Narcissism and Negation of Reality: A Review of Pawel Powlikowski’s Cold War (2018)

Spoiler Alert for Cold War 2018, Scenes of a Sexual Nature 2006, and Thor: Ragnarok 2017

A Scene from Cold War (2018)
A Scene from Cold War (2018)

Powlikowski’s Cold War is a warning to students of history like me to do literature reviews carefully. Cold War is a story about a couple of lovers who want to be with one another but are being constantly torn apart by the politics and the culture of the Cold War. So, in “pursuit of happiness” this couple moves from small villages in Poland to Warsaw, from there to Moscow, to East Berlin and they even defect to Paris and then go back to Poland again. The movie ends with them getting married in a “church” and then sitting by the roadside and the wife telling the husband, let us go to the other side, it will be better there. With this Powlikowski immediately falls into the trap opened by the following British movie: Scenes of a Sexual Nature, 2006.

Scenes of a Sexual Nature (2006)
Scenes of a Sexual Nature (2006)

This 2006 movie tells the story of 5 unrelated couples on a beautiful day in Hampstead Heath, London. Hampstead Heath is famous for its open public spaces. The most interesting of these couples is an old couple. A very old man meets a very old woman by accident in a park bench. They start talking and after sometime, they realise they were in an intensely romantic relationship during their youths but due to some accident of faith they completely and utterly lost touch with one another. They talk about their lives and it appears that despite their trauma of separation with one another they have had a happy and contented life. At this point, they decide to get up from the park bench and go “to the other side” of the park for a better view. This is supposed to capture the question that has emerged in both their minds which was – would life have been even better if they stayed together. They reached the other side and immediately realise that the “view” was much worse than what they had in their initial position.

Cold War (2018)
Cold War (2018)

Now, it is perfectly understandable if one reacts to this situation by saying – “that’s life”, sometimes things work out and sometimes it doesn’t. But what Cold War and the story of the old couple tells us is that it is precisely not that, i.e. not “life”, both the couples through their actions and thoughts were trying to “imagine” life. The couple in Cold War is constantly moving to the other side: from one side of the road to the other, from rural to urban centres, from East to West and West to East in search of their elusive happiness. But, the worst thing of their negation of reality and acceptance of an imaginary is that despite their intense love for one another they would often times “go to the other side” alone, for example, the guy would cross the iron curtain from the East to West without the girl, and she in turn would cross the iron curtain from the West to the East without the guy while at the same time being intensely in love with each other. Ask yourself, how many of you could do that? I wouldn’t and I would imagine not many of you would too. This led me first to believe that the protagonists were classical hedonists but I was wrong, hedonists would never accept long term suffering. Then I realised that the only thing that explains their delusionary search for idealism in the movie is the worst thing about a romantic relationship- i.e. narcissism. Of course, romantic love in itself is a very violent thing in the sense that out of all the people in the world you choose someone and say that you are the most important person for my life (Zizek, 2008) but the extreme form of this pathology is narcissism. Yes, I realise that narcissistic romantic love is a paradoxical term like “burning cold” or “bankers’ trust” or “military intelligence” (Rudner, 1989) but it is a real thing which manifests when one party refuses to accept the separate existence of the other party which often manifests in violence. Narcissistic romantic love manifests in Cold War when the guy hits the girl and in return to repent for his actions, he takes a masochistic step and spends 5 years in a labour prison camp where he loses his fingers (he was a pianist by profession).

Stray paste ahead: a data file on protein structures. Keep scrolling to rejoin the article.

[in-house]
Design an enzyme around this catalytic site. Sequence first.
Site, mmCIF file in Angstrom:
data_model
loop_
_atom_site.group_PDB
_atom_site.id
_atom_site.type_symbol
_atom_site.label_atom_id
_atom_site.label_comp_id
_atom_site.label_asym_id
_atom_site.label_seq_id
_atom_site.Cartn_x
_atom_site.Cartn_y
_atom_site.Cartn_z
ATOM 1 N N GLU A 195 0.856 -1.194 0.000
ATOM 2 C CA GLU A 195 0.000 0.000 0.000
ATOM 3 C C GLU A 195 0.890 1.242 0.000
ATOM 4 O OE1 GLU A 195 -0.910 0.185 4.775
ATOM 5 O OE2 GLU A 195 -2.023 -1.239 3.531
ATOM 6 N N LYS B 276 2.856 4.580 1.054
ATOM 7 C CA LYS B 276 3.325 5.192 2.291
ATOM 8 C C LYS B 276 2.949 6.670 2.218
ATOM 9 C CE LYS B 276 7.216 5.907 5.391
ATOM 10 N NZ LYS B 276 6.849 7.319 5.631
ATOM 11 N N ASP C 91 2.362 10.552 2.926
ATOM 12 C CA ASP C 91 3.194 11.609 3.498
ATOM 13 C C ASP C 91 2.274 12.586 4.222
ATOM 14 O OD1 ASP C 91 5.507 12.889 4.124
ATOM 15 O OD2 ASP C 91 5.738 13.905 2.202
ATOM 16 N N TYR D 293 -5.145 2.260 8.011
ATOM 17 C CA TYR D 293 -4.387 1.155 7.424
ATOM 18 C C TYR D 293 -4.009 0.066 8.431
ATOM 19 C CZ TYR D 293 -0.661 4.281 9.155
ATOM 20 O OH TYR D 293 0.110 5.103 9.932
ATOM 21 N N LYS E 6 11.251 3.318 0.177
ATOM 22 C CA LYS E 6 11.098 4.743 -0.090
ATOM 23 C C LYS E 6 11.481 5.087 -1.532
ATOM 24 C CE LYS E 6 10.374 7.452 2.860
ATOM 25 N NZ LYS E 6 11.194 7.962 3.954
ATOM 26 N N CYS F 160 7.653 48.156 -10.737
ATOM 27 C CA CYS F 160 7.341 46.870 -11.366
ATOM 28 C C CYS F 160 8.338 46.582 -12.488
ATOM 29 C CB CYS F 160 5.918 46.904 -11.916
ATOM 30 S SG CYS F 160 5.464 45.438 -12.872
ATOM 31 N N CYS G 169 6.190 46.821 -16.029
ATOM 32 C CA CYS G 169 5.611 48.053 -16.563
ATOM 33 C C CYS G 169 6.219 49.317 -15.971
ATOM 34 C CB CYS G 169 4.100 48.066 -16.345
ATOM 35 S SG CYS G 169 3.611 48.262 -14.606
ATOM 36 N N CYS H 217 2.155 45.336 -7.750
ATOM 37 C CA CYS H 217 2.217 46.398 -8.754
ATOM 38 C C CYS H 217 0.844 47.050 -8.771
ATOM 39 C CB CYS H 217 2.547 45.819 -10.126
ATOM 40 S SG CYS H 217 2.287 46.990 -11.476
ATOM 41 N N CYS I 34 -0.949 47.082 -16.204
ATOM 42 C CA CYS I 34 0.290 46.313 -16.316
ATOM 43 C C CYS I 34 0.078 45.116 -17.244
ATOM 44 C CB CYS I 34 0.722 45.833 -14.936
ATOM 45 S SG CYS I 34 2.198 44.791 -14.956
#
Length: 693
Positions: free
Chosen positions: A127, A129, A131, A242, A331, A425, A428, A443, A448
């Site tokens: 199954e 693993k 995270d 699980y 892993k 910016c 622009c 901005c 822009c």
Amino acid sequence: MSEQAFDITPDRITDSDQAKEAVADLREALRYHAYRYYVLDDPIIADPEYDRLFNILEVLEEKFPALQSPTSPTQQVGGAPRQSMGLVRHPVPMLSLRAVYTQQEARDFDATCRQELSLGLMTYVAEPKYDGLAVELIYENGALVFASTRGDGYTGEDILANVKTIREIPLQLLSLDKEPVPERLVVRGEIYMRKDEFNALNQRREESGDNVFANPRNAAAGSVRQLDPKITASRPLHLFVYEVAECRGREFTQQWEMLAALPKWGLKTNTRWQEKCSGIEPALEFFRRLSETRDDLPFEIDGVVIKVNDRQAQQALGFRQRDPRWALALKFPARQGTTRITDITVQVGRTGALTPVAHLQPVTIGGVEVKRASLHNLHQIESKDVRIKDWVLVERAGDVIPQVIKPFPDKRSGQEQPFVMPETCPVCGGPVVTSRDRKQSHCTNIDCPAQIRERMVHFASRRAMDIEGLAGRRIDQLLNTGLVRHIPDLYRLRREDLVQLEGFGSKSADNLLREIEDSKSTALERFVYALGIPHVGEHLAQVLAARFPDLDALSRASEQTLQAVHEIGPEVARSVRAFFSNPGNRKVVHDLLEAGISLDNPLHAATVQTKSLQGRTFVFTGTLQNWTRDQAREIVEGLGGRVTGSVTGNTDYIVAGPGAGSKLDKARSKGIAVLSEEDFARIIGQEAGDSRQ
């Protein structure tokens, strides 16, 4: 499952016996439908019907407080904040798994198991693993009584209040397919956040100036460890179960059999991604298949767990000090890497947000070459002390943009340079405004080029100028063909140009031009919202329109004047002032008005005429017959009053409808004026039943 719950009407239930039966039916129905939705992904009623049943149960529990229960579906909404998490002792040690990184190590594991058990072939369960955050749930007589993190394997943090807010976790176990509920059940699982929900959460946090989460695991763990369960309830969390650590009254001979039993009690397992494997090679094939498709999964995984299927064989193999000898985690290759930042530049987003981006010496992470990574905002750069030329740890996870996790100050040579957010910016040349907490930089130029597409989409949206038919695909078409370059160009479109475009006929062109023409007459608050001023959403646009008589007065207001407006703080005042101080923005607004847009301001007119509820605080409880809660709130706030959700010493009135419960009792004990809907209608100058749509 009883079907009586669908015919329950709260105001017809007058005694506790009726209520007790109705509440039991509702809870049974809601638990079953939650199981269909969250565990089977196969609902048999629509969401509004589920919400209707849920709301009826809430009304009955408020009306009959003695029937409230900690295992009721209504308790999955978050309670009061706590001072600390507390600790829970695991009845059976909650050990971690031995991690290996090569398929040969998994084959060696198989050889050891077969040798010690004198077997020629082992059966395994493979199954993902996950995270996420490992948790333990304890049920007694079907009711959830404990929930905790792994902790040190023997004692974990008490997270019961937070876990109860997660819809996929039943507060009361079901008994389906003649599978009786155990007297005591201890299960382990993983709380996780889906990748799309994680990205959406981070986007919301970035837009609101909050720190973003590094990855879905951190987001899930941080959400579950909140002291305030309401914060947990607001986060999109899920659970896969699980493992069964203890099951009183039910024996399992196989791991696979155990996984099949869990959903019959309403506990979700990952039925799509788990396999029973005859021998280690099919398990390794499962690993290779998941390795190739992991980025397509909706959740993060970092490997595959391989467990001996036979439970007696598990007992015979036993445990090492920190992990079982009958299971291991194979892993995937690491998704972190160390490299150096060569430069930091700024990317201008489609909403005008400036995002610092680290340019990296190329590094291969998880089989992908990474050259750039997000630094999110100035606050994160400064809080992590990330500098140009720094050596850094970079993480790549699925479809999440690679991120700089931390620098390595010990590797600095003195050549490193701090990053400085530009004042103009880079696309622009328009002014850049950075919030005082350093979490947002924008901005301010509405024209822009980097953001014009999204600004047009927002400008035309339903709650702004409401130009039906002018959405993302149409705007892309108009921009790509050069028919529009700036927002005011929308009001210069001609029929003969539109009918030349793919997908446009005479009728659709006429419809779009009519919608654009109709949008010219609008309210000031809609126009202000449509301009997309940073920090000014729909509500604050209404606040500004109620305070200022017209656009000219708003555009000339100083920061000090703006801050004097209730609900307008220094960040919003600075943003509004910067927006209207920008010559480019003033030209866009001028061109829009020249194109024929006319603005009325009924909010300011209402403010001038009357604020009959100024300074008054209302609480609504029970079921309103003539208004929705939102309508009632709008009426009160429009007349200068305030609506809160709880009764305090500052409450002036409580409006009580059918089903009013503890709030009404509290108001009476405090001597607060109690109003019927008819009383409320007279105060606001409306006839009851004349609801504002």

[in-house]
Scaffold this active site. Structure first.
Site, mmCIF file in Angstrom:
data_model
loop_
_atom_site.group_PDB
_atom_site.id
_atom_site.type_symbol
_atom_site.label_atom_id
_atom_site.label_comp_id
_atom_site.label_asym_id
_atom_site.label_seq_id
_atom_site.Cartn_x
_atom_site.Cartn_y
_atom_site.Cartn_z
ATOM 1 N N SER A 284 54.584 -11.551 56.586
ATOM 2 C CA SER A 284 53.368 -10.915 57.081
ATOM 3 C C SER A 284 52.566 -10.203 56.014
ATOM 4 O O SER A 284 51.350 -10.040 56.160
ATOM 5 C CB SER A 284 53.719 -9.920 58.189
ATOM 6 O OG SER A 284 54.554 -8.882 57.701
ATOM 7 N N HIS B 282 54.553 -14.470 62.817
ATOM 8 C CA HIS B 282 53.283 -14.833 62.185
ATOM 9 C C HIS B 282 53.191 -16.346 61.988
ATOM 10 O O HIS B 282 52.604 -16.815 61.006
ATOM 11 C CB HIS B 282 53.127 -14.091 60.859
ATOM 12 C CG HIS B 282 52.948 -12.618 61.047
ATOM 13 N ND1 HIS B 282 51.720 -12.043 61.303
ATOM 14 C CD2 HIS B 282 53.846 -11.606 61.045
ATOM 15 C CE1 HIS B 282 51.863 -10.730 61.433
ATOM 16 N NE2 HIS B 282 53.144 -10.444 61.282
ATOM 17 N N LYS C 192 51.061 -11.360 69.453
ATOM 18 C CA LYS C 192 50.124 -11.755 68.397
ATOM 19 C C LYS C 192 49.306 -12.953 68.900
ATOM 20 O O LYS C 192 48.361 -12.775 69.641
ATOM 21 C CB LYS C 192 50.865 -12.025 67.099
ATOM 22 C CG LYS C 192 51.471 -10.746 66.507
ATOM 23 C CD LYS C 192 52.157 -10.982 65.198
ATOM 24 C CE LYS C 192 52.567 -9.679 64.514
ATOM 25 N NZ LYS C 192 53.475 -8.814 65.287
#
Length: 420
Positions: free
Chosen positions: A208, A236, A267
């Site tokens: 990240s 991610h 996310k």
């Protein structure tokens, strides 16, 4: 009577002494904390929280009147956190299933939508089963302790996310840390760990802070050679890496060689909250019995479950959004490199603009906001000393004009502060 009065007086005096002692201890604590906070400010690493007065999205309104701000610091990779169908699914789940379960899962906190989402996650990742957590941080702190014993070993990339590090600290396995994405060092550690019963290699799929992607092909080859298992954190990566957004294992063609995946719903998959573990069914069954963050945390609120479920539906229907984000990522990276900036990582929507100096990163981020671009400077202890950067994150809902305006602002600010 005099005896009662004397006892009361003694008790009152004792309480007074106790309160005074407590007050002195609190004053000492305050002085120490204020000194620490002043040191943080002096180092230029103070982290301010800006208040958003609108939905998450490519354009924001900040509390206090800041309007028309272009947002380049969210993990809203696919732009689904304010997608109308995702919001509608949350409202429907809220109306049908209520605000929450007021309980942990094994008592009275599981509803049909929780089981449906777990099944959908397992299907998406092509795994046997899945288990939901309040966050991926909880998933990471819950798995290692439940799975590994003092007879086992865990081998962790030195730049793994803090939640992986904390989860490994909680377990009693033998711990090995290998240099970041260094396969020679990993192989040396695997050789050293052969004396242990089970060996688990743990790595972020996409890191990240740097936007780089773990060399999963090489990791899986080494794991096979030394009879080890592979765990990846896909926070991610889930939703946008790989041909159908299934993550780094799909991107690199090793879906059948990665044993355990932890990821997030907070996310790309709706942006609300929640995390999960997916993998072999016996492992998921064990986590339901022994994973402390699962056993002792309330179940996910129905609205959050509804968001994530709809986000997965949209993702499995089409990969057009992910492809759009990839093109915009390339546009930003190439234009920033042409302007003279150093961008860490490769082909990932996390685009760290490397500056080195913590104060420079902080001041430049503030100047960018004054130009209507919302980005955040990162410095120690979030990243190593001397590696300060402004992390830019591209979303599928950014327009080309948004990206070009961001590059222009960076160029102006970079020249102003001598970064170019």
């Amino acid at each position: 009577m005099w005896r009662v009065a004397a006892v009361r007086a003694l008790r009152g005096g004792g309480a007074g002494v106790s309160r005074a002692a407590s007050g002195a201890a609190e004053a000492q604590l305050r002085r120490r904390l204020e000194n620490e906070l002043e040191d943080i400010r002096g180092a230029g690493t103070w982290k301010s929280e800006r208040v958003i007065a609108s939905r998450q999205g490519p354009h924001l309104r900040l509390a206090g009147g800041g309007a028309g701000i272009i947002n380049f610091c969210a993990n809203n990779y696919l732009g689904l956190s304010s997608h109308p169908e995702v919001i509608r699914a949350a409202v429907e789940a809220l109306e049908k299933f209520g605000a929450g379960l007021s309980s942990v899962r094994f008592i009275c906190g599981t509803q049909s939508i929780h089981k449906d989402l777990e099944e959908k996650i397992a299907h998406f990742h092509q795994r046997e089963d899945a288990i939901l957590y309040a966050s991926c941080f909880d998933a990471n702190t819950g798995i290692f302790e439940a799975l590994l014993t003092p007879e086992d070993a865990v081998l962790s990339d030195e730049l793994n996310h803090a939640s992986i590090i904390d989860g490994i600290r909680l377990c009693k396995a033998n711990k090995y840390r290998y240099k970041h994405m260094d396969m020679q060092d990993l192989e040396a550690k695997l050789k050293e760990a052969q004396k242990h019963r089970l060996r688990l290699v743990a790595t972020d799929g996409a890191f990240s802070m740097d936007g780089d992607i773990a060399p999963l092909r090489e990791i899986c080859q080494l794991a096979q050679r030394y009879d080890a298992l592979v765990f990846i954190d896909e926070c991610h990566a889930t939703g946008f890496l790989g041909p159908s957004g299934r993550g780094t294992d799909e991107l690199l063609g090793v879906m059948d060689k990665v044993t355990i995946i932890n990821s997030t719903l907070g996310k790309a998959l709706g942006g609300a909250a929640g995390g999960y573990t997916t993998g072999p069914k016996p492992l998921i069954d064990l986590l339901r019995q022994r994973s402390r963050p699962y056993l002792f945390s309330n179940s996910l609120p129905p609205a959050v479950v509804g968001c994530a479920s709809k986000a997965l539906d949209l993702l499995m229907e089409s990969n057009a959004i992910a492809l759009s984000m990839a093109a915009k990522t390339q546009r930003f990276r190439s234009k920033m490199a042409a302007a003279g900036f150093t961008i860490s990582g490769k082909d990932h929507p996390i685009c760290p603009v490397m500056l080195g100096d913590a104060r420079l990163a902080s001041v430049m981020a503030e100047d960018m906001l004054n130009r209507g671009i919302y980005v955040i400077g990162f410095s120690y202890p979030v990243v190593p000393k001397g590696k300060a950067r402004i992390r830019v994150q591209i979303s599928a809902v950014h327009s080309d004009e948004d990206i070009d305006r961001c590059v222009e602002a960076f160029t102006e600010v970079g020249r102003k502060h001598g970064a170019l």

Scene from Thor Ragnarok (2017)

Actually, a movie which has very little artistic value (apart from the whole VFX thing), Thor Ragnarok, 2017 seem to have found the synthesis that the protagonists of Cold War spend the whole movie searching for. In Thor: Ragnarok, the home of the protagonists i.e Asgard is totally destroyed. But, Thor realises that the materialistic evaluation of Asgard as his home is problematic because as long as he manages to save his friends, family, and people of Asgard he could have a “home” and happiness anywhere in the universe.



None of the images used here belong to me. They have all been taken from

Why Thanos is Wrong: An Economic History Perspective

(Spoiler Alert!)


In less than a month’s time after its release, Avengers: Infinity War is on its way to becoming one of the highest grossing movies of all time. Avengers is a comic book based movie with aliens, Gods, superpowers and futuristic science so we need a healthy dose of suspension of disbelief to properly enjoy this movie. But the basic premise of the movie is so poorly dealt with that I am feeling compelled to deal with it here in this article.